What’s your work limit?

3248283617_c23445ea31_m-1Over at Wandering Scientist about two years ago, the blogger known as Cloud posted a graph highlighting a fascinating little observation about productivity. Charting her hours at her desk/office against actual hours worked, and also against actual work produced, she found that her optimal work week was around 45 hours. At 45 hours in her office, she produced pretty close to 45 hours worth of work. At 50 hours, however, she was only working — defined as being anything close to on-task — for 47 of those, and producing the equivalent of 45 hours of work. At 55 hours, she was still working for only 47 hours, and she was down to about 41 hours of usable stuff as she made mistakes and had to discard things. 

In other words, those last 10 hours worked were not only wasted, which would stink in terms of personal opportunity cost. They actually destroyed value for her organization. Working past her work limit was a big mistake.

I thought it was an interesting idea at the time, so I was happy to see Cloud elaborate more on her work limit concept in an ebook that’s out today (under the less bloggy name M.R. Nelson) called Taming the Work Week. In it, Nelson describes her strategies, as a project manager in biotech, for keeping both her work week and her team members’ work weeks, under control. That’s not just because she wants to be a good boss — though I’m sure she does — it’s just that she’d rather get 45 hours of work per week out of her team than 41 hours. And if keeping them at the office 55 hours means she gets 41 hours, and keeping them there 45 hours means she gets 45 hours, well, it’s clear which one is better.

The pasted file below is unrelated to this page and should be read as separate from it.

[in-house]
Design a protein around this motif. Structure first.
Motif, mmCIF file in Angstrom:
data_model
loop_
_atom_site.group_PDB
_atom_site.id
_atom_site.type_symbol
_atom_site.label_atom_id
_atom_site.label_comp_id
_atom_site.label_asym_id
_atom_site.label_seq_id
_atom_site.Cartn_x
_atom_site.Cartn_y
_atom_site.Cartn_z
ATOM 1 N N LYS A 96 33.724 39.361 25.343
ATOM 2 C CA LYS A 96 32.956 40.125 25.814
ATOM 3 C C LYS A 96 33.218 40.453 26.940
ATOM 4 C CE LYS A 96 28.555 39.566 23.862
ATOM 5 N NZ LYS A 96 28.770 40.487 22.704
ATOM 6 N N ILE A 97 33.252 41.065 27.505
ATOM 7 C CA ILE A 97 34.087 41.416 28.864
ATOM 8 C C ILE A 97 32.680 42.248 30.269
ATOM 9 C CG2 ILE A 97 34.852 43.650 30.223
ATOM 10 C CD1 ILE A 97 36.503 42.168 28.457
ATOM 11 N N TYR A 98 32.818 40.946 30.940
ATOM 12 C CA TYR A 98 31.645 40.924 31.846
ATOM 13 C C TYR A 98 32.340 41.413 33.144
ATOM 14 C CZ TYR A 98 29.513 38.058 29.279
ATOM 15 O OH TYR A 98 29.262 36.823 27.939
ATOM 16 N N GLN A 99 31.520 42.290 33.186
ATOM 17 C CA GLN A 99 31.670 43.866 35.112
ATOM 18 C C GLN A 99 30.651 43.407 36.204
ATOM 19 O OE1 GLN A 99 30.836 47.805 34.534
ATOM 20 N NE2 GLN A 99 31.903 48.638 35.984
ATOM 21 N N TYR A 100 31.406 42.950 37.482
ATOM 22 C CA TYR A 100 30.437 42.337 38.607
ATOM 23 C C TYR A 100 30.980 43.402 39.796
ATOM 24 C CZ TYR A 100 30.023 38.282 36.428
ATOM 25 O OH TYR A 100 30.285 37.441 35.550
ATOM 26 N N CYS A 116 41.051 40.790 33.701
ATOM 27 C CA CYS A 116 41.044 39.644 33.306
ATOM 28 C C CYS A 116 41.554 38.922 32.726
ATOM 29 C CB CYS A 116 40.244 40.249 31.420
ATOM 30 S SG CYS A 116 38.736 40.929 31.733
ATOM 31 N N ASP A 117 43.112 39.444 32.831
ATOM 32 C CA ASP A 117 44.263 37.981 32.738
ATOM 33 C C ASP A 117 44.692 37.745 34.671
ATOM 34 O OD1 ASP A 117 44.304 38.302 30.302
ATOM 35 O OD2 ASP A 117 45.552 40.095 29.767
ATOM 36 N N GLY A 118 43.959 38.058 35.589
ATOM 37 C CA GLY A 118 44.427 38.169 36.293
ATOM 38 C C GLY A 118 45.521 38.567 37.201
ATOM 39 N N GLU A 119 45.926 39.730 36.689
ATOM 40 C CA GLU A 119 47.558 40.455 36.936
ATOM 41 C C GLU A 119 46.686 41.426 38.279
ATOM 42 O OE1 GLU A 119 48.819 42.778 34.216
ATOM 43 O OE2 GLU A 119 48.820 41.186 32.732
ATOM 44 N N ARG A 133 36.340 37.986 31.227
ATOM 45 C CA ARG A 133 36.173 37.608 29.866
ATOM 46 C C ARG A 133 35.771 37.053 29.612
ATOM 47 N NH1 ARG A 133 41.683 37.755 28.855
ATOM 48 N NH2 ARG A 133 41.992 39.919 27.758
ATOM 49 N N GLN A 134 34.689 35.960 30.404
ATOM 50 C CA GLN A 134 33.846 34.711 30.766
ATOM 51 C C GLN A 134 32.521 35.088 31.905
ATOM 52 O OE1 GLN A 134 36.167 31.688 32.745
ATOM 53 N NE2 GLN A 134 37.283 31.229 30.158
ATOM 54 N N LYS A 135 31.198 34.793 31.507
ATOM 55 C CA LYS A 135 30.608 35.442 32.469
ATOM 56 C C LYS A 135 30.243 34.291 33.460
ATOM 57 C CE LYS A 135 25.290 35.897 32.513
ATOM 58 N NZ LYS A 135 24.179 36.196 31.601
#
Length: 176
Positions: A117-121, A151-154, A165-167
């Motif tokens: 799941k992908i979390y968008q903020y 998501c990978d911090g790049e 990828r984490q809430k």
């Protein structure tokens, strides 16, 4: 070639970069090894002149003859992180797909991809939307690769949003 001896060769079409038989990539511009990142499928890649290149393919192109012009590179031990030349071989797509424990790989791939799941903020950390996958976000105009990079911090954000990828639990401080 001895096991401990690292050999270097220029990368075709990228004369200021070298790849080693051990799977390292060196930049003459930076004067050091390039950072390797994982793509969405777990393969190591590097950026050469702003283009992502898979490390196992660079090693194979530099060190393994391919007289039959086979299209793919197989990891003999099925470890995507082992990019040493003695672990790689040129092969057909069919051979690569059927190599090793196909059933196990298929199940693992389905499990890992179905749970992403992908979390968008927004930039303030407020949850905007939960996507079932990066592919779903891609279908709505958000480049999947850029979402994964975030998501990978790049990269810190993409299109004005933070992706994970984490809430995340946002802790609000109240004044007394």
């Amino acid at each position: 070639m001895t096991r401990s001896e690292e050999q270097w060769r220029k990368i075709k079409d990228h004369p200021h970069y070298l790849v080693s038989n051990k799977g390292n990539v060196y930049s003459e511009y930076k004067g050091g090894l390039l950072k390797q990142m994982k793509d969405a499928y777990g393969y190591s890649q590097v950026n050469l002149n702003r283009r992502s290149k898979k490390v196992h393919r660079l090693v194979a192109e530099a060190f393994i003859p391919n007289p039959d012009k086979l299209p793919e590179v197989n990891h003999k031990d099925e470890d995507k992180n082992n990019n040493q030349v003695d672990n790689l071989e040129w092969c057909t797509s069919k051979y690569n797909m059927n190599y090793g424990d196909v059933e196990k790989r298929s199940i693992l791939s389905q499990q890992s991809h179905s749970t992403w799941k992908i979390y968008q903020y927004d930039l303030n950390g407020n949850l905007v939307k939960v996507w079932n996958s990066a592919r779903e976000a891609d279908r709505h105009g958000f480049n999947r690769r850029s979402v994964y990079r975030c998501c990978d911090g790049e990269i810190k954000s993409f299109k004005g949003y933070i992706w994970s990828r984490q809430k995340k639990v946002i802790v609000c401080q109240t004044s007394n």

She advocates keeping track of your time, and figuring out ways to keep making progress even if you don’t feel motivated on a project. It goes without saying that if you want to produce 40-45 hours of work in 45 hours, you need to spend the lion’s share of your time on task, rather than surfing the web and feeling sorry for yourself. That doesn’t mean you can’t take breaks — breaks are productive and count as work! — but take conscious breaks, rather than losing an hour to reading something you didn’t mean to read. Nelson, for instance, enjoys tea time many afternoons.

She also, interestingly, doesn’t leave a bit early if she’s finished her major tasks for the day. She could walk out, but part of getting a lot done in 40-45 hours per week is to consistently work 40-45 hours per week, even if a week’s load is on the light side. Instead, she picks a 15-minute task or two from her list of future tasks, and knocks some of them off. “Getting these little tasks done before they become urgent means that I can usually find some longer increments of time during the day in which to tackle my larger tasks,” she writes. “I’ve learned that if I let the little things slide, they inevitably pop up as emergencies when I can least afford the time to handle them.”

I’ve tracked my time for many weeks over the past few years, and have found that 45 hours per week is pretty much my happy space, too. I have worked more — the week I logged for the “Mind Your Hours” week of the #SuccessAtWork challenge was 56 hours — but I often have trouble focusing the next week after a week like that. I have worked less, too. I have three little kids, and they get sick, or I take on personal projects like running a marathon. I don’t miss deadlines on things I’ve committed to. But I do find myself under-investing in the soft side of work: sending emails to reconnect with people, taking a phone call that might lead to something later on. For me, 45 hours per week is a pretty good balance. If I sleep 8 hours per night (56 per week), that leaves 67 hours for other things: runs, reading One Morning in Maine several times, reading Night of the Moonjellies several other times, dandelions, hugs, etc.

What’s your work limit?

In other news:

The paperback of All the Money in the World will be out a week from today! This updated version of the book also contains, as bonus material, the first ever print version of What the Most Successful People Do Before Breakfast. Thanks for checking it out!